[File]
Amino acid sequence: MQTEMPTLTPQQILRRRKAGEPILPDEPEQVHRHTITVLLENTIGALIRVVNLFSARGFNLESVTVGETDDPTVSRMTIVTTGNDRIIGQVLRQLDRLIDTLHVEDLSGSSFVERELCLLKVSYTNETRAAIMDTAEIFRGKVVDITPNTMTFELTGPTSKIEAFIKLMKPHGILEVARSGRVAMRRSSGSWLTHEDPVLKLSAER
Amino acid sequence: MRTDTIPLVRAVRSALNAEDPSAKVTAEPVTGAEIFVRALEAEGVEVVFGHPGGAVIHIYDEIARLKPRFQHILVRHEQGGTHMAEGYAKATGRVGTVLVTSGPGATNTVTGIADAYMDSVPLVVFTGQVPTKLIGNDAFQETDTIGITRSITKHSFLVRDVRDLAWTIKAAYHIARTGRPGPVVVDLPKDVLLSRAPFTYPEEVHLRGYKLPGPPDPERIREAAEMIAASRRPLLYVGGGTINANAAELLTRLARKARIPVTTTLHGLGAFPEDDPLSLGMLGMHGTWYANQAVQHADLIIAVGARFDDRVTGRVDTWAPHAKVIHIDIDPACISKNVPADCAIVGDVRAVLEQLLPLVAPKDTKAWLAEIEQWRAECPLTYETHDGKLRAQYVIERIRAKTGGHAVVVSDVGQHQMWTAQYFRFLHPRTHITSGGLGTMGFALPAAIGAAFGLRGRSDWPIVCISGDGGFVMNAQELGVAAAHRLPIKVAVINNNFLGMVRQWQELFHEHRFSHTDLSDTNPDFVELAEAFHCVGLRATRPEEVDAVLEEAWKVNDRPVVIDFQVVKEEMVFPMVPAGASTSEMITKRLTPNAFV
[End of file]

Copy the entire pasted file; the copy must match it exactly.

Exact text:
Amino acid sequence: MQTEMPTLTPQQILRRRKAGEPILPDEPEQVHRHTITVLLENTIGALIRVVNLFSARGFNLESVTVGETDDPTVSRMTIVTTGNDRIIGQVLRQLDRLIDTLHVEDLSGSSFVERELCLLKVSYTNETRAAIMDTAEIFRGKVVDITPNTMTFELTGPTSKIEAFIKLMKPHGILEVARSGRVAMRRSSGSWLTHEDPVLKLSAER
Amino acid sequence: MRTDTIPLVRAVRSALNAEDPSAKVTAEPVTGAEIFVRALEAEGVEVVFGHPGGAVIHIYDEIARLKPRFQHILVRHEQGGTHMAEGYAKATGRVGTVLVTSGPGATNTVTGIADAYMDSVPLVVFTGQVPTKLIGNDAFQETDTIGITRSITKHSFLVRDVRDLAWTIKAAYHIARTGRPGPVVVDLPKDVLLSRAPFTYPEEVHLRGYKLPGPPDPERIREAAEMIAASRRPLLYVGGGTINANAAELLTRLARKARIPVTTTLHGLGAFPEDDPLSLGMLGMHGTWYANQAVQHADLIIAVGARFDDRVTGRVDTWAPHAKVIHIDIDPACISKNVPADCAIVGDVRAVLEQLLPLVAPKDTKAWLAEIEQWRAECPLTYETHDGKLRAQYVIERIRAKTGGHAVVVSDVGQHQMWTAQYFRFLHPRTHITSGGLGTMGFALPAAIGAAFGLRGRSDWPIVCISGDGGFVMNAQELGVAAAHRLPIKVAVINNNFLGMVRQWQELFHEHRFSHTDLSDTNPDFVELAEAFHCVGLRATRPEEVDAVLEEAWKVNDRPVVIDFQVVKEEMVFPMVPAGASTSEMITKRLTPNAFV